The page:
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Thailand’s Junta Seek Extradition of 40 Lese Majeste Fugatives Abroad

Justice Minister Gen. Paibul Khumchaya

Justice Minister Gen. Paibul Khumchaya

 

BANGKOK – Thailand’s Department of Special Investigation has submitted a file of 40 fugitives facing lese majeste charges who are believed to have taken refuge abroad to the Justice Ministry.

According to Thai PBS, Justice Minister Gen. Paibul Khumchaya said Thursday that he would pass the file to the Foreign Ministry which would be able to explain to foreign governments about the charges against them.

Gen. Paibul Khumchaya added the Foreign Ministry would also inform foreign governments of its unease if these suspects continue with their activities deemed threatening the Monarchy abroad and would like to have them extradited back to face military justice.

The minister however admitted that it was difficult to have these suspects extraditied back to Thailand because of the difference of the laws in the foreign countries and their viewpoints about lese majeste charge.

General Paibul insisted that the authorities were not selective in their treatment of a lese majeste suspect, Mr Krit Bootdeejin, a member of the United Front for Democracy against Dictatorship who allegedly posted a fake palace statement in the social media.

Meanwhile, The Thai military has reportedly denied legal counsel to Mr Krit Bootdeejin a Redshirt activist who was arrested for spreading a fake royal statement, citing powers granted to the military under martial law.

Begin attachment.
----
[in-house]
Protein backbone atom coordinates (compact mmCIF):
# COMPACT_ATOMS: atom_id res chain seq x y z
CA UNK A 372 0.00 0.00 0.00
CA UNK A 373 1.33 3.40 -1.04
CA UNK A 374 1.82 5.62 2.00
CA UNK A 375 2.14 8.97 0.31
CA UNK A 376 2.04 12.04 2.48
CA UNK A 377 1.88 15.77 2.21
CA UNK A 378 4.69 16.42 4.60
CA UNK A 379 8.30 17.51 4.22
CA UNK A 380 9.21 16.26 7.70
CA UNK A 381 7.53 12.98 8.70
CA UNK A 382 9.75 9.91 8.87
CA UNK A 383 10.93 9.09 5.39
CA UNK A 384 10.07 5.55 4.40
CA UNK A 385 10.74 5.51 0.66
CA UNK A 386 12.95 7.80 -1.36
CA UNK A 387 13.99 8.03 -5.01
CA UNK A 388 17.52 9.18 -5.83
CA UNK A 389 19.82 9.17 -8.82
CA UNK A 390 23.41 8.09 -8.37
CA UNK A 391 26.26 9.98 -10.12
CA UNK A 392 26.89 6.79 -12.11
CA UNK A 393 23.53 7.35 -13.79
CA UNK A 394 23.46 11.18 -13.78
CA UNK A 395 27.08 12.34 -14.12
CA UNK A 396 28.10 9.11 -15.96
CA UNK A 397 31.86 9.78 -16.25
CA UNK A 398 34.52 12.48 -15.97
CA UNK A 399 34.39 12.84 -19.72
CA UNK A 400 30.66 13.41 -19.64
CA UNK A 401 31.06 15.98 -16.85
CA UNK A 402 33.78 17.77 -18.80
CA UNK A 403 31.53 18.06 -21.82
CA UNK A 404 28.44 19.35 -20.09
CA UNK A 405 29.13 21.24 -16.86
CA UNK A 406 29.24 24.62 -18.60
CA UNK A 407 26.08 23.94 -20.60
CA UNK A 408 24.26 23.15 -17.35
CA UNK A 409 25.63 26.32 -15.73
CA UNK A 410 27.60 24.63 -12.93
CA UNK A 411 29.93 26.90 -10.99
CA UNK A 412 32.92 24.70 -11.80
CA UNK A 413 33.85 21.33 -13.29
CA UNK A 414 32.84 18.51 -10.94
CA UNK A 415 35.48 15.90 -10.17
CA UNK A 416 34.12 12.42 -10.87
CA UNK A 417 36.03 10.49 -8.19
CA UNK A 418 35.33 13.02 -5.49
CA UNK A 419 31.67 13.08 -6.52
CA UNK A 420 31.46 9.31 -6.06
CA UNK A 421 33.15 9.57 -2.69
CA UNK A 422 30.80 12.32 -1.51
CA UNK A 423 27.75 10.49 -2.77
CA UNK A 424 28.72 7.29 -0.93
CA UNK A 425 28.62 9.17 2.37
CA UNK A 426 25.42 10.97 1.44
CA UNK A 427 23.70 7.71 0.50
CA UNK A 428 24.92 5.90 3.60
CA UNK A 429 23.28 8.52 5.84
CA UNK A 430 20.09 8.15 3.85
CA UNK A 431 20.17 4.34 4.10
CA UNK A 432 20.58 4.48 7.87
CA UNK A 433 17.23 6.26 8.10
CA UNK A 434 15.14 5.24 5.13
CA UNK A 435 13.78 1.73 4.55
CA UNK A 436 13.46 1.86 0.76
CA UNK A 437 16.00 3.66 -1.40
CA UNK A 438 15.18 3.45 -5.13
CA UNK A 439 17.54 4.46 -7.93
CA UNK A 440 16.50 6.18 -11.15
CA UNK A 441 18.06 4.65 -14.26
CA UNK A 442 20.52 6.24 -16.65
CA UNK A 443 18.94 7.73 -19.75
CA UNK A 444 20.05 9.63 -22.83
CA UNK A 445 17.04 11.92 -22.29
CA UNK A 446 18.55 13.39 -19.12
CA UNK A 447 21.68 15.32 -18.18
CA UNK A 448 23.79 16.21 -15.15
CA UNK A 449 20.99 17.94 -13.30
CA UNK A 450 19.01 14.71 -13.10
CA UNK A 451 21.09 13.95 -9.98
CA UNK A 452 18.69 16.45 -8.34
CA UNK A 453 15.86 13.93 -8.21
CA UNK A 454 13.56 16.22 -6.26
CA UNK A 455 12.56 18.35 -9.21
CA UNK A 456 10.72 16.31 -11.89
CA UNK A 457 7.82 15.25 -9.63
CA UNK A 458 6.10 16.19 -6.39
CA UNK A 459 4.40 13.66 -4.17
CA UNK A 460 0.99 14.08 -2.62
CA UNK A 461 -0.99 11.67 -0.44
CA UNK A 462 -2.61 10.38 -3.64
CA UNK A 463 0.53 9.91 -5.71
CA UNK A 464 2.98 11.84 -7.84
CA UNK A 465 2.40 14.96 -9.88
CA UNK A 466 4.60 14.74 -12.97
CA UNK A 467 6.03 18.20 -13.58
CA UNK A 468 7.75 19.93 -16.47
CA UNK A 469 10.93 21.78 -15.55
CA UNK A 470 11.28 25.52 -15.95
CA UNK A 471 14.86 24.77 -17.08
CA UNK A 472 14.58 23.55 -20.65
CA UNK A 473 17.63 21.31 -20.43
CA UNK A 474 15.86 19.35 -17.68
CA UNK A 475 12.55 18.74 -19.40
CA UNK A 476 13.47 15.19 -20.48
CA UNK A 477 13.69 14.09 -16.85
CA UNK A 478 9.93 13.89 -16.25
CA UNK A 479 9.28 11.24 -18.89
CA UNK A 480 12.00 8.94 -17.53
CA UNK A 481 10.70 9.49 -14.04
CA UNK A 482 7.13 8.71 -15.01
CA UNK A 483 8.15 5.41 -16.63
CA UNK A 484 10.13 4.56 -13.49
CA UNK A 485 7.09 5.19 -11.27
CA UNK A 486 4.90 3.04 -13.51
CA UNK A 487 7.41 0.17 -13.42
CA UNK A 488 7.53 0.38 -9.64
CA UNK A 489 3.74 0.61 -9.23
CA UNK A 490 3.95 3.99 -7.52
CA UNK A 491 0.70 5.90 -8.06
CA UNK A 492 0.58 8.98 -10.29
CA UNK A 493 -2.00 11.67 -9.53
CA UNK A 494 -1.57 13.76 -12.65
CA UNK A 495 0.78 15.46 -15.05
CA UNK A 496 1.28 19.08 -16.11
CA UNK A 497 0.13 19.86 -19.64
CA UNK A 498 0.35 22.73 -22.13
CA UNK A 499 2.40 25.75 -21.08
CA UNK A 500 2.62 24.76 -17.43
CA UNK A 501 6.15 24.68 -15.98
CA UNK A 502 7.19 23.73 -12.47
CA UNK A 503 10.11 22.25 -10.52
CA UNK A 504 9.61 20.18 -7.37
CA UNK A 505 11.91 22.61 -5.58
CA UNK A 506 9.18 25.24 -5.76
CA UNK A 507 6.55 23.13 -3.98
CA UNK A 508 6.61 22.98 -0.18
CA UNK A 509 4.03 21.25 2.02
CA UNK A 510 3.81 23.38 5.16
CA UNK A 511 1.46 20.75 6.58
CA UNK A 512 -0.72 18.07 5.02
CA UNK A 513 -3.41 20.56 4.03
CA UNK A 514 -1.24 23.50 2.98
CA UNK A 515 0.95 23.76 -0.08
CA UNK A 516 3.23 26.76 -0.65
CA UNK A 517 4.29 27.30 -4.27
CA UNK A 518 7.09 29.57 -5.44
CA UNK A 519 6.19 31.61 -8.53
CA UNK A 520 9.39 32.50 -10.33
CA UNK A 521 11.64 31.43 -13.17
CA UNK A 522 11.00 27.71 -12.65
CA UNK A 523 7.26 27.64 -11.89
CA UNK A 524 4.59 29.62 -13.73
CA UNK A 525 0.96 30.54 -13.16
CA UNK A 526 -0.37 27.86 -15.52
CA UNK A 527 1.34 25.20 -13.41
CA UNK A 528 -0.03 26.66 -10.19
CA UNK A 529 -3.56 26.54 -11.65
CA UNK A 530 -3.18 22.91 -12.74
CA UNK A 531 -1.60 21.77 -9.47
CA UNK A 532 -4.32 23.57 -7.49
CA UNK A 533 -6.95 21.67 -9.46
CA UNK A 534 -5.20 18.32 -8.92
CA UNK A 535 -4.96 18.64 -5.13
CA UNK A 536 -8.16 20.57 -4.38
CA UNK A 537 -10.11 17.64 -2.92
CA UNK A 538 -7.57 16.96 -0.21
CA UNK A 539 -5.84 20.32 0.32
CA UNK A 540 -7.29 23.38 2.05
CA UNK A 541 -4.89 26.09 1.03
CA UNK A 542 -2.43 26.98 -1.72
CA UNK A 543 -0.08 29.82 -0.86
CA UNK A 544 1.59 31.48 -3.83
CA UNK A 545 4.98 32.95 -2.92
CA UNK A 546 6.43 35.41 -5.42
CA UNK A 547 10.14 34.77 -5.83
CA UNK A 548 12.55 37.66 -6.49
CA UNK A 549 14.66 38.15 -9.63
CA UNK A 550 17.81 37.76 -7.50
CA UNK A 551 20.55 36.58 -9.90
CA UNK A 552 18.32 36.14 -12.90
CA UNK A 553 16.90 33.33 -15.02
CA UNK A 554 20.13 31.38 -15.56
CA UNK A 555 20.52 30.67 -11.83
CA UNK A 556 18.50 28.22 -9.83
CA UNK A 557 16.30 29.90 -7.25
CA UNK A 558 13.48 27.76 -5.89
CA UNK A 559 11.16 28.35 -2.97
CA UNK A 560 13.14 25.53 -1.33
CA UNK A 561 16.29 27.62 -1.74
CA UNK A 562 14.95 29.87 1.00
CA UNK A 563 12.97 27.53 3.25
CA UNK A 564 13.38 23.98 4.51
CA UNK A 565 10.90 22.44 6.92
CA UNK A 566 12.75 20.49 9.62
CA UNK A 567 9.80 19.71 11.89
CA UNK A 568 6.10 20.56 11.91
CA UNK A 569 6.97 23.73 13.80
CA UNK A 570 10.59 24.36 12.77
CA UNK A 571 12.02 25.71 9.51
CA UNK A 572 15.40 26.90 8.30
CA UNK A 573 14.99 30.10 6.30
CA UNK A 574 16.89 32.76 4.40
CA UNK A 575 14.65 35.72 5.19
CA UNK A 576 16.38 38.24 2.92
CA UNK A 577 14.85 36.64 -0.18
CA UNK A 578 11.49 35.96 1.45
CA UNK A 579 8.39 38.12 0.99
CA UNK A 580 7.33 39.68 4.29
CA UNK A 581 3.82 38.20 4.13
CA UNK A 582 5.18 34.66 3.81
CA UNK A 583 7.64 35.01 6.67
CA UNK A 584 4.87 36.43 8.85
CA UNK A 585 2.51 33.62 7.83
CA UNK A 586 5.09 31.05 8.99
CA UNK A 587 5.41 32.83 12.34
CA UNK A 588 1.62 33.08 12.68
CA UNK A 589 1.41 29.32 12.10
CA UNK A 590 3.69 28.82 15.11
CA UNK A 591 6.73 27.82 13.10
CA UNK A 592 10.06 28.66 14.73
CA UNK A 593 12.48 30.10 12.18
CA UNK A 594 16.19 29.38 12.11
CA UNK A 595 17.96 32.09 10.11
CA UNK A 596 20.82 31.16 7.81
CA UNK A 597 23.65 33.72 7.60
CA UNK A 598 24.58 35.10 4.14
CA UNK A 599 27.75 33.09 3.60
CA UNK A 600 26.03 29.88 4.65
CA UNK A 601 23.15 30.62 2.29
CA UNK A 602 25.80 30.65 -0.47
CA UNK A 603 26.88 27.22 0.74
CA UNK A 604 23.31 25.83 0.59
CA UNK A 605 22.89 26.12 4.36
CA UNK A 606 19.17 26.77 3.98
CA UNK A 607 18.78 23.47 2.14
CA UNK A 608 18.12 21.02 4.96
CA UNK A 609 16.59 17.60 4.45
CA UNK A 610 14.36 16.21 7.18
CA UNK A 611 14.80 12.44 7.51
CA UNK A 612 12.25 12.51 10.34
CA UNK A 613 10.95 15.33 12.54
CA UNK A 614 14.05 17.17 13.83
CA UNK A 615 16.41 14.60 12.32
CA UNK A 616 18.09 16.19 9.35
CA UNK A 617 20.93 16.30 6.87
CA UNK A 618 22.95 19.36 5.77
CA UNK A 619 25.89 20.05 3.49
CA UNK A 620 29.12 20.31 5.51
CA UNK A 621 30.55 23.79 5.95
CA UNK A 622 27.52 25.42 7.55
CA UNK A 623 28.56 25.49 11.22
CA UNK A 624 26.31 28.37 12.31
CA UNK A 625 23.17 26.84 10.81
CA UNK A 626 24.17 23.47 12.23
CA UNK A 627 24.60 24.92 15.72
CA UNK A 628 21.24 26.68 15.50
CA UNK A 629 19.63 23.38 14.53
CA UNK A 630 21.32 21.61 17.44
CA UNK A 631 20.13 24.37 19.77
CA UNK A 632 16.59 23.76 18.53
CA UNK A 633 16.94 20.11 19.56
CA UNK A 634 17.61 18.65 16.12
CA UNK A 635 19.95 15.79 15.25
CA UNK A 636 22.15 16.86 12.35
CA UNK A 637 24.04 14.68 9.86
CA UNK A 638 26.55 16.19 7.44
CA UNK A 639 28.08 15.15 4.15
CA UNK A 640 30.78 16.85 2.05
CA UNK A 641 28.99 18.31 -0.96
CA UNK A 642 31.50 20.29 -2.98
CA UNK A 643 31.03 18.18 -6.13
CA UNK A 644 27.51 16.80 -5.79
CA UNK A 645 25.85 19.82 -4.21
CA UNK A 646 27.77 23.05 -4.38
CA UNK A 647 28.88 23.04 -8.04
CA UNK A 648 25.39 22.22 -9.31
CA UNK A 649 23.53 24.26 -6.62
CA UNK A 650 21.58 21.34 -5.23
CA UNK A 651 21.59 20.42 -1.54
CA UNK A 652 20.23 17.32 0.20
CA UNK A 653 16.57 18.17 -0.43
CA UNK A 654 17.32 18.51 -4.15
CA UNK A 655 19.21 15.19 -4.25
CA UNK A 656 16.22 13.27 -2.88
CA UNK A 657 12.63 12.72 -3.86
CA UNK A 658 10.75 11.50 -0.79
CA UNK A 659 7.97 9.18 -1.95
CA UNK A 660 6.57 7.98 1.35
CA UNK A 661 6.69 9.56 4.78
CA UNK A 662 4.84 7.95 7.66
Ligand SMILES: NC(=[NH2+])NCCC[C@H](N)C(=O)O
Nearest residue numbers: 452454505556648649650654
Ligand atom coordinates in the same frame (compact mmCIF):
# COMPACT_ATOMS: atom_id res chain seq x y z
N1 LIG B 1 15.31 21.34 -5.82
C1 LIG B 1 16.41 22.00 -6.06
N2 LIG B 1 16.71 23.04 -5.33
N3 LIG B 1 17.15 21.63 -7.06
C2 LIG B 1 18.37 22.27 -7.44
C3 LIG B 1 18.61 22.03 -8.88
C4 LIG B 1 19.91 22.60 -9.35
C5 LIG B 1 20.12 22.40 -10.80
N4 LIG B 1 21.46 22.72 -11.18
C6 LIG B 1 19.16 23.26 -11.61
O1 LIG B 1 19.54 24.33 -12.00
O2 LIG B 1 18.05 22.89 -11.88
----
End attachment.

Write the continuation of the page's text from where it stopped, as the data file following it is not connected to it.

Krit, who has been identified as member of the Redshirt movement, is currently facing charges of lese majeste (insulting the monarchy) and violating Computer Crimes Act, which criminalizes using a computer to spread false information.

Winyat Chartmontri, a lawyer dispatched by Redshirt leaders to assist Krit today, told reporters he was refused entry into the 11th Infantry Regiment headquarters, where Krit has been detained since his arrest yesterday. According to Winyat, military officers claimed they had the right to detain Krit without any access to legal representation for up to seven days under martial law.

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Posted by on Feb 5 2015. Filed under Thailand Politics. You can follow any responses to this entry through the RSS 2.0. Both comments and pings are currently closed.
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